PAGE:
Tyrannosaurus Rex

Associated Smithsonian Expert: Matthew T. Carrano, Ph.D.

Dr. Matthew Carrano touches the Cretaceous/Paleogene boundary in the field near Hell Creek, Montana

Photo by Matthew Carrano, Smithsonian Institution

Dr. Matthew Carrano’s interest in dinosaurs was sparked when, as a second grader, he read a National Geographic book with illustrations by Jay Matternes. As an undergraduate at Brown University, he studied the functional morphology of dinosaurs, and went on to earn his Ph.D. at the University of Chicago. Since 2003, Matthew has been Curator of Dinosauria at the Smithsonian National Museum of Natural History. He currently studies the evolutionary history, functional morphology, and ecology of dinosaurs. His fieldwork has taken him to the Western Interior of North America, Chile, and Madagascar in search of new dinosaurs and the Mesozoic ecosystems of which they formed an important part. He is also studying the quality of the dinosaur fossil record, and is particularly interested in filling in the "gaps" of certain regions and time periods. Over the last 20 years, he has conducted research in museum collections around the world, including England, France, Germany, Belgium, Portugal, Argentina, Canada, Australia, Zimbabwe, and South Africa.

Meet our associated expert

This image was obtained from the Smithsonian Institution. The image or its contents may be protected by international copyright laws.
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Fossil theropod (Allosaurus) skeleton
Photo by Chip Clark, Smithsonian, National Museum of Natural History

About Theropod Dinosaurs (Infaorder Theropoda): Paleobiology

Theropod dinosaurs were mainly carnivorous (meat-eating), although some evolved secondarily to eat plants. Evidence for predatory habits includes grasping hands with sharp claws, and pointed teeth with serrated edges. Most species likely scavenged as well as hunted live prey, like most modern carnivores. Theropods include the largest land carnivores (such as;Tyrannosaurus) as well as species no larger than a sparrow (such as Microraptor), and eventually all modern birds. They first appeared in the fossil record in the Late Triassic (about 230 million years ago). Theropods were bipedal, walking on the main three toes of their hind feet. Their front legs tended to be smaller, used for grabbing and holding prey. They share many features in common with their avian descendants, including air-filled bones, feathers, a unique wrist structure, and other details of the skeleton.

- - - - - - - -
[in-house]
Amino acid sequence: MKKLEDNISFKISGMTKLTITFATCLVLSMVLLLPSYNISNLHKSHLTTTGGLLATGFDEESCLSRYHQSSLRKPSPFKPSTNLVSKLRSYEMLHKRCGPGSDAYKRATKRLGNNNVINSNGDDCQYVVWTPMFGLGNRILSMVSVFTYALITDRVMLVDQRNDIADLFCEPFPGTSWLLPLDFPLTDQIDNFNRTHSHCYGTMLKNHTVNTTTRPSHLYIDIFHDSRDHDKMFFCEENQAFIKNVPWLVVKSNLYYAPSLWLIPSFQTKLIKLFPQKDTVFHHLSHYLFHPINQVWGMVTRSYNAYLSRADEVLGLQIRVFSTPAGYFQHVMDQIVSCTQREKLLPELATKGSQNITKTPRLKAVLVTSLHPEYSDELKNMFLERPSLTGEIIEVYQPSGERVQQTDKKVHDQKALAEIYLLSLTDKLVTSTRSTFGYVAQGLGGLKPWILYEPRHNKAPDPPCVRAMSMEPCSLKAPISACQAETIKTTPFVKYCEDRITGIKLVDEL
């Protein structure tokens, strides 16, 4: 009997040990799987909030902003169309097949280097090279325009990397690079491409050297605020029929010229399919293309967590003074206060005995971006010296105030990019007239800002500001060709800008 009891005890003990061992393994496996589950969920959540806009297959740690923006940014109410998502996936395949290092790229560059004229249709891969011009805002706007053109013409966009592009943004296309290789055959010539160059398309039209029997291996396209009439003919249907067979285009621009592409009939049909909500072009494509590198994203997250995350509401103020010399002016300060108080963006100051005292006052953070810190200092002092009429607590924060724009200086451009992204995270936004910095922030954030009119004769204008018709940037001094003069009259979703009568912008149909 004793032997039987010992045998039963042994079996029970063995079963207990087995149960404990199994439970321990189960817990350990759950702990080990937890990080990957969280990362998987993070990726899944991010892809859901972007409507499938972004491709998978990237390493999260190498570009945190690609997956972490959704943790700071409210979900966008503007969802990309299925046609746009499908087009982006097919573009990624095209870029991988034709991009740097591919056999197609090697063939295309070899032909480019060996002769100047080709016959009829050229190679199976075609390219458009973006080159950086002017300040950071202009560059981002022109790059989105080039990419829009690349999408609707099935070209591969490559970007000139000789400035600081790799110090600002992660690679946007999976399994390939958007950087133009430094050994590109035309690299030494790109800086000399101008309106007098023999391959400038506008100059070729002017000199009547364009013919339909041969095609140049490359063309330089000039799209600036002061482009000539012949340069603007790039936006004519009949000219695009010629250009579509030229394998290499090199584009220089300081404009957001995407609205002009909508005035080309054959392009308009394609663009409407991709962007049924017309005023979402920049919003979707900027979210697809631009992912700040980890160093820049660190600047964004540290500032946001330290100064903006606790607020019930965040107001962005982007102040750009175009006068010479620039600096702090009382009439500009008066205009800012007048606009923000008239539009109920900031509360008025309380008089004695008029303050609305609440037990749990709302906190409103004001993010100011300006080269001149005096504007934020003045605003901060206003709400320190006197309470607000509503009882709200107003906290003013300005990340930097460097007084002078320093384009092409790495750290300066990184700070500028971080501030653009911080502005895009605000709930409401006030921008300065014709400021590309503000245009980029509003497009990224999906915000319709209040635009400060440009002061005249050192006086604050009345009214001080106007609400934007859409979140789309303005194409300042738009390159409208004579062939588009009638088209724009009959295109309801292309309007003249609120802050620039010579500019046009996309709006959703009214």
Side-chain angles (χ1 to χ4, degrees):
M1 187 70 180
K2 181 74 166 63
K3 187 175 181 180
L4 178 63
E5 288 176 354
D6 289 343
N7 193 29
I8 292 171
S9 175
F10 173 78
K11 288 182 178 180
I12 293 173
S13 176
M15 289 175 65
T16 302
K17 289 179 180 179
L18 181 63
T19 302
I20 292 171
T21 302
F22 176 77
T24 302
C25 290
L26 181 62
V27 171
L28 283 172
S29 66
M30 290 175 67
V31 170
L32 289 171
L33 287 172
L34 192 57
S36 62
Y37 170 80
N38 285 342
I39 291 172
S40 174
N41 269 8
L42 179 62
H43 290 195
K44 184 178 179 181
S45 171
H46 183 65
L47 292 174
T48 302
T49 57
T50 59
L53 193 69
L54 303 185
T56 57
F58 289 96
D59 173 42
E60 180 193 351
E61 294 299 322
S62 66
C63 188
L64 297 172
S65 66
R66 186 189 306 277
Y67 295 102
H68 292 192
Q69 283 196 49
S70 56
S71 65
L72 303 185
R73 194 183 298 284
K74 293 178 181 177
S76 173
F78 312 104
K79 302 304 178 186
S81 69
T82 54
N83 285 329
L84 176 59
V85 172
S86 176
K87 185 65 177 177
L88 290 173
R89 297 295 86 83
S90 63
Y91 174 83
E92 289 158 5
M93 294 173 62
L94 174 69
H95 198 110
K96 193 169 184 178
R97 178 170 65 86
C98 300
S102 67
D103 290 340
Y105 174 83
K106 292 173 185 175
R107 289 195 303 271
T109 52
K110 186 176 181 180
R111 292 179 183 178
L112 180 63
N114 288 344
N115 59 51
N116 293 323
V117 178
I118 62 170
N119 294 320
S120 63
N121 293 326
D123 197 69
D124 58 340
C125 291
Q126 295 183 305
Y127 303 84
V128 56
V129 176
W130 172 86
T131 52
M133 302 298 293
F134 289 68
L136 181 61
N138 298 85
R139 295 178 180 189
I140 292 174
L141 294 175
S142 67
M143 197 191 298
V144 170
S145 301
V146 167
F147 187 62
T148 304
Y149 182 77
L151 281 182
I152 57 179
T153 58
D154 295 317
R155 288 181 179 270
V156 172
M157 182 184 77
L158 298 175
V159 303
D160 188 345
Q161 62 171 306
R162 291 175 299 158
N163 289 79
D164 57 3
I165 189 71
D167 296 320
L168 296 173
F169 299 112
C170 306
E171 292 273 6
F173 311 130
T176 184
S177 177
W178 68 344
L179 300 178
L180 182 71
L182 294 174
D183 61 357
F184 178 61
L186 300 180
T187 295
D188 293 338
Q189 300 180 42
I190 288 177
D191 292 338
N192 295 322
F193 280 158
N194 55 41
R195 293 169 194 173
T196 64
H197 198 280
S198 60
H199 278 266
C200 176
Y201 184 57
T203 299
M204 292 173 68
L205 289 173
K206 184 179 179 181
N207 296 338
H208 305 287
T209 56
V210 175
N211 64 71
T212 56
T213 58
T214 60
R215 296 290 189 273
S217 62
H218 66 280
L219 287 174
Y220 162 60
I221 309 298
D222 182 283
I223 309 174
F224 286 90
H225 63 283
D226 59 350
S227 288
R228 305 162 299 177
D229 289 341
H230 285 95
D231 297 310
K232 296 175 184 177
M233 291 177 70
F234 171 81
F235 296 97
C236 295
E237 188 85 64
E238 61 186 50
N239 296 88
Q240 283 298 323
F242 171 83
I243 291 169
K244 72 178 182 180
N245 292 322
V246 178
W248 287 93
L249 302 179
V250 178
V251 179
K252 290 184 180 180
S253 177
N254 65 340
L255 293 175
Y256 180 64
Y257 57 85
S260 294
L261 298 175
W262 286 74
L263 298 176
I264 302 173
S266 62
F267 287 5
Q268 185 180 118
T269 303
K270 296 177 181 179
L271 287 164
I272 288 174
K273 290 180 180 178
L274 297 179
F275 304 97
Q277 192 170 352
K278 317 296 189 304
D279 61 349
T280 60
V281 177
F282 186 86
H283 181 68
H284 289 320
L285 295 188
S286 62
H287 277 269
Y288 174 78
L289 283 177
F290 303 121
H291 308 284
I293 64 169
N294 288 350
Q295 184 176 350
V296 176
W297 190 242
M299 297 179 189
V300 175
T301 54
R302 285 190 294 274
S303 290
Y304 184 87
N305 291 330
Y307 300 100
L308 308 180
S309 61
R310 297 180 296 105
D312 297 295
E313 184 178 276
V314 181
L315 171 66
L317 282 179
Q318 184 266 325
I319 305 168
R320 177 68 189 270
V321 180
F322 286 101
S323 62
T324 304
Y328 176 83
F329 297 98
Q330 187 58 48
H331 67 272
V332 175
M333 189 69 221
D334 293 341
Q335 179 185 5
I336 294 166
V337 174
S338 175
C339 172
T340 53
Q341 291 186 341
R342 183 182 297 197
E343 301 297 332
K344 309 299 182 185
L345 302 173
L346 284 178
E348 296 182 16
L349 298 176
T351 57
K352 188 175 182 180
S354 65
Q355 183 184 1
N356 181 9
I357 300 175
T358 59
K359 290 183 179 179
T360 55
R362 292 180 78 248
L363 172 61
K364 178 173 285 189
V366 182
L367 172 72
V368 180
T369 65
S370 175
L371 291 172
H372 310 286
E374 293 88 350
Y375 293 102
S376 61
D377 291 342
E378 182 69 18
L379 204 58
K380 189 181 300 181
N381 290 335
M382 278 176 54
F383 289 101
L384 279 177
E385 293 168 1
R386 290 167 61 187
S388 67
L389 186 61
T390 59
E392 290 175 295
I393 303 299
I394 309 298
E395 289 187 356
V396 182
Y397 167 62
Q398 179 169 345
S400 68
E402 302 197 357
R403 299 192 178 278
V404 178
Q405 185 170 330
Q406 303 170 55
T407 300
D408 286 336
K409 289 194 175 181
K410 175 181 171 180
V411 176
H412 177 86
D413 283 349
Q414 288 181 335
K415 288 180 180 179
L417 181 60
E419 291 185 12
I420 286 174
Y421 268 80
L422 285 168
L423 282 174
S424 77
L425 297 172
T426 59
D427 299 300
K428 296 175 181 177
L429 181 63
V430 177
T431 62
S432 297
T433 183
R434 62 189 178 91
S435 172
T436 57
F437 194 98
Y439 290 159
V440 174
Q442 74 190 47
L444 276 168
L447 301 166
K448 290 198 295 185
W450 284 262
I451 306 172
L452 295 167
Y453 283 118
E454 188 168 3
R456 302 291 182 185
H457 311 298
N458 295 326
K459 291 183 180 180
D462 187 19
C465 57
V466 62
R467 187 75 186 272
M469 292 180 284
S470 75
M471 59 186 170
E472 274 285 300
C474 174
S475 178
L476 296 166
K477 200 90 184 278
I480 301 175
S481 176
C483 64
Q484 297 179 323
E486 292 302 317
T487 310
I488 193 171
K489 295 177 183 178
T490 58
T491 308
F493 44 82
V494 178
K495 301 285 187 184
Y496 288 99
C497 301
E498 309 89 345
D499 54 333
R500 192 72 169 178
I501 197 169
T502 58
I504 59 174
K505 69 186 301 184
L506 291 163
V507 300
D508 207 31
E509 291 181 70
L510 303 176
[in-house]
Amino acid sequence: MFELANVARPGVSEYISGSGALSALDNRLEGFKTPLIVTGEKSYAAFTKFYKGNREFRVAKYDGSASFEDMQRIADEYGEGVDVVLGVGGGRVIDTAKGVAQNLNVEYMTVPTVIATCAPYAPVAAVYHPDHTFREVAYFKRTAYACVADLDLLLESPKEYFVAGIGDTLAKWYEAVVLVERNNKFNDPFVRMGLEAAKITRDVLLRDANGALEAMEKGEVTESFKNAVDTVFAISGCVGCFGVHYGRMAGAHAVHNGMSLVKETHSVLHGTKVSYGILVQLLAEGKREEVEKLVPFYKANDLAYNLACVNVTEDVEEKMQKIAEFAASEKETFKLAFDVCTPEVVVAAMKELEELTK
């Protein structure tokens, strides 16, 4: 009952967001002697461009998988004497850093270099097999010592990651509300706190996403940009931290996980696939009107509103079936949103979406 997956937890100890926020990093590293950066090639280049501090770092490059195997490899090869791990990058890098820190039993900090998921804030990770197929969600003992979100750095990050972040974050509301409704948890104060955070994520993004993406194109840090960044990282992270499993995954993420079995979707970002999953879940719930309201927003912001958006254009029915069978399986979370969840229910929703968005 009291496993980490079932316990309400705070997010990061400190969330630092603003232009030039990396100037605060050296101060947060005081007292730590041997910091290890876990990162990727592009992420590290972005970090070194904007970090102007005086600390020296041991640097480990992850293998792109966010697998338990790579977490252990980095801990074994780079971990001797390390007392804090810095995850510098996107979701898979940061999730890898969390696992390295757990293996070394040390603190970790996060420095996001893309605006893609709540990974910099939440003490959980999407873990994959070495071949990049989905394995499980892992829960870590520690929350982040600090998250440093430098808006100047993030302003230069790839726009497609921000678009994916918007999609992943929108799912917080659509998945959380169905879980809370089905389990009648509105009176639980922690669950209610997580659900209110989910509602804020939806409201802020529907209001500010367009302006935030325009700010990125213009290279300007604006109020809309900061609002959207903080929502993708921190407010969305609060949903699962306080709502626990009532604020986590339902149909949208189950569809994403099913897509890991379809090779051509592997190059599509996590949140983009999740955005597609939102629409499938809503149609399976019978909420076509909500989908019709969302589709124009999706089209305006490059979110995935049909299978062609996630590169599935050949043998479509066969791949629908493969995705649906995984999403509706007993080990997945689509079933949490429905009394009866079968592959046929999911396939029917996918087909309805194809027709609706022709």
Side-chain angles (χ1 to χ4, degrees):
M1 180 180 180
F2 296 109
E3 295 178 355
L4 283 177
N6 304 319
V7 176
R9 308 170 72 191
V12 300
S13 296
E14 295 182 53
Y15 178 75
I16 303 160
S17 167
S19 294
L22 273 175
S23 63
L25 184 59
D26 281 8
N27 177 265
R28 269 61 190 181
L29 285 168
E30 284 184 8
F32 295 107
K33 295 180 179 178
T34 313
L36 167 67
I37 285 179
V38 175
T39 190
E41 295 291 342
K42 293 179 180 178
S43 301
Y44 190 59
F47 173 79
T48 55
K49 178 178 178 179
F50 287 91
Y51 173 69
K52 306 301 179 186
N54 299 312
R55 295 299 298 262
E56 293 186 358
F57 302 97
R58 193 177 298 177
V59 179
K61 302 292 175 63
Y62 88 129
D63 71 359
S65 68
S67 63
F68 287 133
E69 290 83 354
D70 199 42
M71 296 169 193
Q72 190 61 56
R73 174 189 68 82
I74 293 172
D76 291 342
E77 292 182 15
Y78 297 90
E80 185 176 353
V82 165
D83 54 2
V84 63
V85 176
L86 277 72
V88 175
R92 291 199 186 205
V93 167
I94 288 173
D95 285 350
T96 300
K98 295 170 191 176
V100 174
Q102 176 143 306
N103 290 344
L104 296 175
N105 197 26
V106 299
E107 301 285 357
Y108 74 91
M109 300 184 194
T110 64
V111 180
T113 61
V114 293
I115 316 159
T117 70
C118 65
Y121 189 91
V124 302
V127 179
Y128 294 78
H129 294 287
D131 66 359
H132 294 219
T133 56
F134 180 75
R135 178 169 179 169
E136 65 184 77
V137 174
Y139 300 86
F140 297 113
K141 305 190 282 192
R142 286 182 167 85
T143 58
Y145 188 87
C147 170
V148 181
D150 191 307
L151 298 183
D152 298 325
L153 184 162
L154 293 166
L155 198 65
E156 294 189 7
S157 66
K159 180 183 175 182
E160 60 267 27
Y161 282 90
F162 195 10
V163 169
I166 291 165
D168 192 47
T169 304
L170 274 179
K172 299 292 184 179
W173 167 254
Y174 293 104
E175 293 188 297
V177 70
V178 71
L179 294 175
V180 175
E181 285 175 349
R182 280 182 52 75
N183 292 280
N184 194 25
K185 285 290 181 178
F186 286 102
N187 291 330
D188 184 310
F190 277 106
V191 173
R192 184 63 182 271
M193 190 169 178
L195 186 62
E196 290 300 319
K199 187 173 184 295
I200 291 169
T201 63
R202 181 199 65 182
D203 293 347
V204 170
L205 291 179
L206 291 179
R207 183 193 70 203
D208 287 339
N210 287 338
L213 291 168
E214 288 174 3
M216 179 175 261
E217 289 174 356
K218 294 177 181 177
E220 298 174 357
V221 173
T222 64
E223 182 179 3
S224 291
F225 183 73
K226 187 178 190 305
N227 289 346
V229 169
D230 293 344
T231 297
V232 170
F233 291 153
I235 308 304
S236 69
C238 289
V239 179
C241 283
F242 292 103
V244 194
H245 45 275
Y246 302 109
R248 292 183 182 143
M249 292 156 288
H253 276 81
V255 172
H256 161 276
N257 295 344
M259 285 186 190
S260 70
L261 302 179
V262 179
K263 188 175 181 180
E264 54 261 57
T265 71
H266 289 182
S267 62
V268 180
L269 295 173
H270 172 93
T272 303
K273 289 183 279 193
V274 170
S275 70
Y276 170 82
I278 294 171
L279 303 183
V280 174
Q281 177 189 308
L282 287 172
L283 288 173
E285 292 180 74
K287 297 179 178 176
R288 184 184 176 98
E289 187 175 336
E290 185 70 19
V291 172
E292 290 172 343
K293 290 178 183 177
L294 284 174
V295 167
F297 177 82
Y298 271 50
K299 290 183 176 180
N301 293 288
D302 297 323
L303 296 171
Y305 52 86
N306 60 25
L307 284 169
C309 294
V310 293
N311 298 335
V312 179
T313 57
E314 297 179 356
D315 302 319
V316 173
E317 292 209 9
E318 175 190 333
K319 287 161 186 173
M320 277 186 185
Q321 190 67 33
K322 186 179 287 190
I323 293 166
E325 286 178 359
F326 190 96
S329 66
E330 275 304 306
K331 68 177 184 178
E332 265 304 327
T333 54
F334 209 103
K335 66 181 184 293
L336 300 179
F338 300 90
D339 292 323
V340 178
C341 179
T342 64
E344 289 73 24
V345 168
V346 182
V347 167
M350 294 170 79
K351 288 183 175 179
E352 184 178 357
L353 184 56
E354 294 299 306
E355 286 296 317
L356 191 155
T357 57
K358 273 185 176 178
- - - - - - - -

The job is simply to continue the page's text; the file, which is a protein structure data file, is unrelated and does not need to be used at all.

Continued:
Fossil skeleton of a Permian synapsid that predated the dinosaurs (Dimetrodon sp.)
Photo by Smithsonian Institution, Department of Paleobiology

About Dinosaurs (Dinosauria): Paleobiology

Dinosaurs are land reptiles that include some of the biggest terrestrial life forms ever on Earth. We know dinosaurs from fossilized bones, teeth, footprints, eggs, and occasionally even soft tissues, although complete skeletons are rare. The earliest known dinosaurs are from the late Triassic (about 230 million years ago), when they were still overshadowed by other animals, such as synapsids (related to the ancestors of mammals). By the end of the Triassic, dinosaurs had begun their remarkable diversification, with several major lineages present. The Jurassic and Cretaceous periods saw dinosaurs dominate many land environments, reach enormous sizes, and diversify into thousands of species (including the first birds). Paleontologists have named more than 1200 species of dinosaurs, and that’s probably just a fraction of all the dinosaur species that existed. Most dinosaurs went extinct abruptly 66 million years ago (end of the Cretaceous), along with many other species. A period of severe environmental stress, punctuated by an asteroid impact, was likely responsible for this mass extinction.